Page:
The flower of Crinum latifolium with 12 petals,12 stamens & 2 stigmas: To start with every organism has fixed number of chromosomes in each cell of the body, which in deploid organisms we call 2n (two sets of ) chromosomes. During sexual reproduction when gametes are formed the two sets seperate , thus the gametes have only one set of chromosomes, n. When the two gametes fuse (like pollen grain and ovule , or sperm with ovum) we again get a deploid cell (n+n=2n) called zygote. This after repeated cell division and organ formation form the individual. plant or animal. That is how we get half chromosomes from father and half from mother.
    Every new cell formed here after cell division is deploid. And then we say race continues.
    During the cell division every chromosome is attached to a spindle by a fibre called spindle fibre. This pulls the chromosome to pole when the chromosomes are in dividing state.
    If the chromosome fails to attach to the fibre it fails to get incarporated in new cells formed, either gamete or normal body cell. thus cells produced are abnormal because they miss one or more chromosomes.
    Sometimes the chromosomes in deviding state fail to detach from one another and the whole lot go to one cell while the other cell gets nothing. the one which gets nothing perishes, while the one get both sets is now abnormal gamete having 2n number of chromosomes instead of n. When this gamete fuses with other gamete of n type the zygote gets 3n which is called as polyploid.
    this can happen in the body cells also. like in plants when the cells are dividing during growth the chromosomes duplicate in each cell and seperate into half. so each cell gets 2n. But sometimes if the duplicated chromosomes are not seperated, -abnormal- then the resulting cell gets 4n because chromosomes are already duplicated. such cell when form further cells they all will have 4n chromosomes. polyploid cell from where new shoot formed will be polyploid.
    many a times it may result into triploi–3n, tetraploid–4n, pentaploid–5n, hexaploid–6n, hectaploid7n, octaploid 8n ect.
    polyploi result into gigantism that is big flowers, leaves etc.
    when this occurs naturaly it  is seen as what is seen in your Lily flowers.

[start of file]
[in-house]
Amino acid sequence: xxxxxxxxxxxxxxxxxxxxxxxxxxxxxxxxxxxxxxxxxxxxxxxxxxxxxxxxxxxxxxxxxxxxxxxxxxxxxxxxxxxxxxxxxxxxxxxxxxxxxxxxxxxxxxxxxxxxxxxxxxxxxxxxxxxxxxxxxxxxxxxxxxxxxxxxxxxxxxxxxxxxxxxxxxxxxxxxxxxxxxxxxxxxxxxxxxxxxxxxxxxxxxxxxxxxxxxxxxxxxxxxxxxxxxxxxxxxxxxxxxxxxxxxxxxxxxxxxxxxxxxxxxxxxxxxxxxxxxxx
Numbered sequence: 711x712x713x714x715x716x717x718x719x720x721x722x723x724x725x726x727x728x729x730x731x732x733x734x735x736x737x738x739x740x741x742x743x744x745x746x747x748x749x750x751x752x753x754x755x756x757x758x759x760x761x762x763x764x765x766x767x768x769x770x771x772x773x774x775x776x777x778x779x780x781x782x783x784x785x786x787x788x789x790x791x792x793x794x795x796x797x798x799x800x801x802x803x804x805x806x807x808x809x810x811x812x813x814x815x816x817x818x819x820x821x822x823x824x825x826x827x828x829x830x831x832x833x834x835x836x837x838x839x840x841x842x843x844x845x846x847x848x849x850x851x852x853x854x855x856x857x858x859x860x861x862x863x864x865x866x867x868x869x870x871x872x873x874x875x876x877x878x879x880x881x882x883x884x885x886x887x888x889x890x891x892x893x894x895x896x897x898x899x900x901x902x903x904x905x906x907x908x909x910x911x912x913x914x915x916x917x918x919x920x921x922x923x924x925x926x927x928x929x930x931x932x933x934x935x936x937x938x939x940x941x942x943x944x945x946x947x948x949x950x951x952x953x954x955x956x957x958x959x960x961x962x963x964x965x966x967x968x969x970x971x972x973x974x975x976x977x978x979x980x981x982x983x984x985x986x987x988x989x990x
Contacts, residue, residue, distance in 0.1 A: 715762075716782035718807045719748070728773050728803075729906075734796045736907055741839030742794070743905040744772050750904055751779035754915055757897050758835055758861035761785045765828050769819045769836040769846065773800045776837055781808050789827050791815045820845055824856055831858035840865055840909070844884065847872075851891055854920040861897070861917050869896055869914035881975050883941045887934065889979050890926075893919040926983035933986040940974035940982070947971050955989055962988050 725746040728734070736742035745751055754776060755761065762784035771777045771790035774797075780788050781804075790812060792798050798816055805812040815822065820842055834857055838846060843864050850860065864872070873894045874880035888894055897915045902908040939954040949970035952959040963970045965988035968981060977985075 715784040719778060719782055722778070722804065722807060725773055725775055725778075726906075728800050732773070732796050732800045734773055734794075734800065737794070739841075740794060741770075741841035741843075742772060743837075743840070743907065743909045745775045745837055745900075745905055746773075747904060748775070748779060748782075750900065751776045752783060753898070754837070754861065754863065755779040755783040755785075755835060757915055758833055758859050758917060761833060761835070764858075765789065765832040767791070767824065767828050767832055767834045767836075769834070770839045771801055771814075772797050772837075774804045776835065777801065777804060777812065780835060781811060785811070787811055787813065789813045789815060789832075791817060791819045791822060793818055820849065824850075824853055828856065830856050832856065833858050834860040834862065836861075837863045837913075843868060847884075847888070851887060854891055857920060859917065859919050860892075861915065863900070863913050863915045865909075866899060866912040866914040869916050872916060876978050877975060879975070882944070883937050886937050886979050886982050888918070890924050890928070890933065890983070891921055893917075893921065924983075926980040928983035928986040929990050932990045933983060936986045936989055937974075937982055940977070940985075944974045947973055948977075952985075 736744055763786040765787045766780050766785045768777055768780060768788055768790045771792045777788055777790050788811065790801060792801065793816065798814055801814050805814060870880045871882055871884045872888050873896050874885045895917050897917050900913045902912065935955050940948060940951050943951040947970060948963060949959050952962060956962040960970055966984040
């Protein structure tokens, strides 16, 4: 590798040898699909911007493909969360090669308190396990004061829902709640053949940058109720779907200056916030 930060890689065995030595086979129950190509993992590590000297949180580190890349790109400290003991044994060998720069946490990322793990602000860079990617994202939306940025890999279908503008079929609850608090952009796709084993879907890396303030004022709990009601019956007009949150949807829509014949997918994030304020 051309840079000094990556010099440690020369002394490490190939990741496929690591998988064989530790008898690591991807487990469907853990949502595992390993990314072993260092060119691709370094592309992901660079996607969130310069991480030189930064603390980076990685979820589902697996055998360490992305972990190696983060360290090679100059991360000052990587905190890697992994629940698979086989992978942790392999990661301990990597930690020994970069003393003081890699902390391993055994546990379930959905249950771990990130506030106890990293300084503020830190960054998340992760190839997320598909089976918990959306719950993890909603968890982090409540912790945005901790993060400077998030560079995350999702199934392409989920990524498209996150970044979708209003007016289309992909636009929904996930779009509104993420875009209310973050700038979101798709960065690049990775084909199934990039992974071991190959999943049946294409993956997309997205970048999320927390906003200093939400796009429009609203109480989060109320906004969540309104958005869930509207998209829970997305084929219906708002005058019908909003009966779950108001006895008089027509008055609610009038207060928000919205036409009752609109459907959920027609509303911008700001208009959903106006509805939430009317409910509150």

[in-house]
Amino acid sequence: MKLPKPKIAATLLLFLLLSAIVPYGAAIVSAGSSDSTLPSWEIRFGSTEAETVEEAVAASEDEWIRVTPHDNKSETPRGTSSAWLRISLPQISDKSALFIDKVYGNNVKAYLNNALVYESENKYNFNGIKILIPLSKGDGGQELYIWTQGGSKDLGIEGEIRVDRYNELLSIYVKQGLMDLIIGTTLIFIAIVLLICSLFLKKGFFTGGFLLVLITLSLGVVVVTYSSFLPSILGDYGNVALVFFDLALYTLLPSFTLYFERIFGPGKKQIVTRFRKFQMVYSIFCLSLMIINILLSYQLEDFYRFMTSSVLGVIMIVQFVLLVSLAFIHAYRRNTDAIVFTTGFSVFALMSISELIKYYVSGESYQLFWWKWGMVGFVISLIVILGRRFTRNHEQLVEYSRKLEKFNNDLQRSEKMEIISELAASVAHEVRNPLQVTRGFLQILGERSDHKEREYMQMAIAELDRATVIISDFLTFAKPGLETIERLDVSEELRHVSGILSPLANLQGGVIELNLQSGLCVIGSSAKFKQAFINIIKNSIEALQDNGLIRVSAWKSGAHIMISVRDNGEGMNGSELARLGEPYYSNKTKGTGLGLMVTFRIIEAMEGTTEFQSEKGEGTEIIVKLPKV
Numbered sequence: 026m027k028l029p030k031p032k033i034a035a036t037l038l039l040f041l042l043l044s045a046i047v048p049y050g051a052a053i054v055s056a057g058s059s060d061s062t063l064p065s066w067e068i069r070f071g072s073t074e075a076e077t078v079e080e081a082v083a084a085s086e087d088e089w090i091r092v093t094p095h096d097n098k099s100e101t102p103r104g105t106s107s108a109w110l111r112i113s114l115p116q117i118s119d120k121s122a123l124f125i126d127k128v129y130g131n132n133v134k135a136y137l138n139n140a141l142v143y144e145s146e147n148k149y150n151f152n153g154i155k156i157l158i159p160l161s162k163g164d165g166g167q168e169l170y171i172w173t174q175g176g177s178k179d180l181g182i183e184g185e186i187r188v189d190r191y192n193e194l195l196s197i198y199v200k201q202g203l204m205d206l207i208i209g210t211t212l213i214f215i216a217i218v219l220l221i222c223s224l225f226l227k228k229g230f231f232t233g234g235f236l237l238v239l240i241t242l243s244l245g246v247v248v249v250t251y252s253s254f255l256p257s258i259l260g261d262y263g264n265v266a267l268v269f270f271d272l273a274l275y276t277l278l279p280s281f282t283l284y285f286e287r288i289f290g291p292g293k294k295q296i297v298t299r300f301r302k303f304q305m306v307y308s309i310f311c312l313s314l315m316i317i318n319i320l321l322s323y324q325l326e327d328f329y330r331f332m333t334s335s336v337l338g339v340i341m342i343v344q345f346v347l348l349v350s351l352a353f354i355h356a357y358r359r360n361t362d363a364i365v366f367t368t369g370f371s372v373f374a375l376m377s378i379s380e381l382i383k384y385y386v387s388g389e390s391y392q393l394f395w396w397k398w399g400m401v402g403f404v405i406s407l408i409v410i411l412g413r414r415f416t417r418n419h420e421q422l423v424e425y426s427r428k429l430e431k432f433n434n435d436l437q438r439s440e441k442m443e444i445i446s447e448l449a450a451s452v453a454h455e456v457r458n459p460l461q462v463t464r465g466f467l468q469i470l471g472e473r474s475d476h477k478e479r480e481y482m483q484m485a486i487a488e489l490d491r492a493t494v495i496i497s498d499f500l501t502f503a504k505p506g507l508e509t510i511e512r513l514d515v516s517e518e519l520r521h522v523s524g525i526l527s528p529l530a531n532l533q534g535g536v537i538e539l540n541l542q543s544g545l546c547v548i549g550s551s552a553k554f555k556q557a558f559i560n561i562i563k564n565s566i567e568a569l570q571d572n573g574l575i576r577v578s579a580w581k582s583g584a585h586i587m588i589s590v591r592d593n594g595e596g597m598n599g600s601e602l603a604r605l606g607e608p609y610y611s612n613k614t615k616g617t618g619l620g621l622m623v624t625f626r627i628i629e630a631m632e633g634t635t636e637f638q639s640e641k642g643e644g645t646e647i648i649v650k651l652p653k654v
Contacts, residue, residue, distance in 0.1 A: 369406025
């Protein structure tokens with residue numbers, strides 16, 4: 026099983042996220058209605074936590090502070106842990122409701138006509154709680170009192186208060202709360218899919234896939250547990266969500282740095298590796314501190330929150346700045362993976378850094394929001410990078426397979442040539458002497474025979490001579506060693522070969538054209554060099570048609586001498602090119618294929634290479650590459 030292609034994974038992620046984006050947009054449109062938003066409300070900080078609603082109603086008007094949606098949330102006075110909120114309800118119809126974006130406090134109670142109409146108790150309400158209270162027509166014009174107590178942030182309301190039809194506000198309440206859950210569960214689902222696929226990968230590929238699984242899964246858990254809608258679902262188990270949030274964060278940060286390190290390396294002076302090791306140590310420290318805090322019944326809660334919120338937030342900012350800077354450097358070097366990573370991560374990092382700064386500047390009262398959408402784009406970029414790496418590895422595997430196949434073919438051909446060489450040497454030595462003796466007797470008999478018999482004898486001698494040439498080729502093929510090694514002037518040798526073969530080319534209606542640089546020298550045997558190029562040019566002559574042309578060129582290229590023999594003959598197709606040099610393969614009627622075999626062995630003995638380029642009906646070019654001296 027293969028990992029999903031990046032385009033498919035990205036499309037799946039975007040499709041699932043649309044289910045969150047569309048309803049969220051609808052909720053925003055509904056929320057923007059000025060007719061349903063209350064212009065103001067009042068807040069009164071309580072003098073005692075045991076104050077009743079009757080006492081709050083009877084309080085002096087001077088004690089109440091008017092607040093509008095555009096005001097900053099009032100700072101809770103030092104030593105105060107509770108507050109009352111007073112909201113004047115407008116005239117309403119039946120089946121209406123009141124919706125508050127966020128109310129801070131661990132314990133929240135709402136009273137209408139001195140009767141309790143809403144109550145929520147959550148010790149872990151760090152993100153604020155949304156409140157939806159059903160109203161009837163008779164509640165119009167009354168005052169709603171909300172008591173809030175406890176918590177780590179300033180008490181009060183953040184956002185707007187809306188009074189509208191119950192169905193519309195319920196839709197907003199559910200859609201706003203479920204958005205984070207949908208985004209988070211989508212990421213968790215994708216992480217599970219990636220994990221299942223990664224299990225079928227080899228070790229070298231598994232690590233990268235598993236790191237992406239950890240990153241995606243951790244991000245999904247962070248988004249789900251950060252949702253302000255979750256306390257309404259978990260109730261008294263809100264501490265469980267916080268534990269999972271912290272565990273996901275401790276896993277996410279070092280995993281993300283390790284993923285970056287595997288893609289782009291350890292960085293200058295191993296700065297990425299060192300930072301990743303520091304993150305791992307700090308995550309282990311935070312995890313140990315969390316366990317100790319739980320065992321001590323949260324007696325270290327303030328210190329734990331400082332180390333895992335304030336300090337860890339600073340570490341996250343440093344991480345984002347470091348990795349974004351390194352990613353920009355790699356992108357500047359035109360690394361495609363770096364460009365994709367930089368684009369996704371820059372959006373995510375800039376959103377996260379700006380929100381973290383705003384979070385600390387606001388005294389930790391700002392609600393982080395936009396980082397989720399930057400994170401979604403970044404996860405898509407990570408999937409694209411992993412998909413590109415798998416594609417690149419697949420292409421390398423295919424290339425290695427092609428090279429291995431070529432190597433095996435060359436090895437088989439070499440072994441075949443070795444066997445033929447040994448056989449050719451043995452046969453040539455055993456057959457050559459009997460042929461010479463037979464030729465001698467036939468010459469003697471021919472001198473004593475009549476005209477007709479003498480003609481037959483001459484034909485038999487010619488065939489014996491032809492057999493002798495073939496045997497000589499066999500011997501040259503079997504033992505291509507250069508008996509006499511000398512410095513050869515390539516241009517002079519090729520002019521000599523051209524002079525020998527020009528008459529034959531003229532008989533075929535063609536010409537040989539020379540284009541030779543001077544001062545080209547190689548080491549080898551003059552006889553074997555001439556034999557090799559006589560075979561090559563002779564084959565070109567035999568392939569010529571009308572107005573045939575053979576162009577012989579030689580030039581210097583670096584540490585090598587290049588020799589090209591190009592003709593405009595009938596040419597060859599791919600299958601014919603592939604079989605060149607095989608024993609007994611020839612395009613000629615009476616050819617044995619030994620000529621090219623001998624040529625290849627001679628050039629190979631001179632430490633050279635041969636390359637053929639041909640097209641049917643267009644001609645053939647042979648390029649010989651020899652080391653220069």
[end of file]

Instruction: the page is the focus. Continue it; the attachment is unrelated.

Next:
This phenomenon is called as chromosome abberation
    pl search googal for elustrations.
Dear Botanists and Zoologists pl forgive me for the use of crude language and avoiding the bumbarding words. 


 
It seems to me that two flowers (Crinum latifolium) fused together!
Why?
Polyploidy, as had been explained in the above threads?
Or, was it mutation in normal diploid cells?
I tried to find…. but….
Polyploidy can result various alterations –
  1. http://www.gardengenetics.com/gardengenetics/2011/01/polyploid-induction-i—–potential-benefits-to-the-end-user.html
  2. http://www.gardengenetics.com/gardengenetics/2011/02/polyploid-induction-i—–potential-benefits-to-end-user.html
  3. http://www.gardengenetics.com/gardengenetics/2011/02/polyploid-induction-iii-potential-drawbacks.html
  4. http://plantbreeding.coe.uga.edu/index.php?title=5._Polyploidy
Very tough for a layman – 
Thanks for the query.
First when the word Mutation got coined it was for the modification of similar nature in plant Oenothera lamarkiana. In this the leaves and flowers of the plant was suddenly observed to be larger on one branch of the plant. There was no indication of such change prior when it was visible. Hence Hugo de varies called it as Mutation which means sudden change without any indication in the previous generation.
Latter when the structure of gene was studied and is known the changes which occur at gene level are called as Mutation. While the changes which occur in numerical form or structural form of chromosomes are called as chromosomal aberrations.
Accordingly the actual discovery of mutation also was turned out to be chromosomal aberration. When the change occurs at gene level it is called as mutation. eg diseases like Thalasemia, hole in the septum of heart, or such are examples of point mutations. Not able to recollect the examples in plants. But if such changes occur in the reproductive cells/germinal cells they are passed to the gametes and then to the next generation. But if the changes occur in somatic cells then they are not passed to future generation.
Thus after the discovery of genes the chromosomal aberrations and the mutations are differentiated. The polyploidy thus falls under Chromosomal aberrations.


Thank you very much for this elaborate lesson on mutation and chromosomal aberration.
Since the flower in https://groups.google.com/forum/#!msg/indiantreepix/7-kRSVOxAMQ/sDatK69AGYAJ had not been resulted out of sacrificing stamens (as have been explained in https://en.wikipedia.org/wiki/Double-flowered#Genetics_of_double-flower_mutations), i think the abnormality lies in tissue differentiation due to certain changes in gene expressions, rather than a polyploidy condition.


Thank you so much for making me think.
Ok now our flowers of Crinum. Basically as you have observed the stamens are not sacrificed. But if you recollect Crinum has 6 petals and 6 stamens. In our flower the way petals are doubled even stamens are also doubled. They are 12 in number. Hence it is the case of Polyploidy.
I forgot to mention one part, such aberrations can occur naturally as well as can be created artificially. The tissue culture in artificial hybridization plays a important part.
Thanks again.


Thank you very much for explaining the reason behind the double flower in Crinum.
I understand now that it is a case of polyploidy, not an abnormality in tissue differentiation, as i thought earlier.
I wonder if this expression of polyploidy condition was confined only in flowers of that particular plant or the plant had every part in double dose.
Wiki informs animal world also have polyploidy conditions. Is “polydactyl” such a phenomenon?


 
 
 

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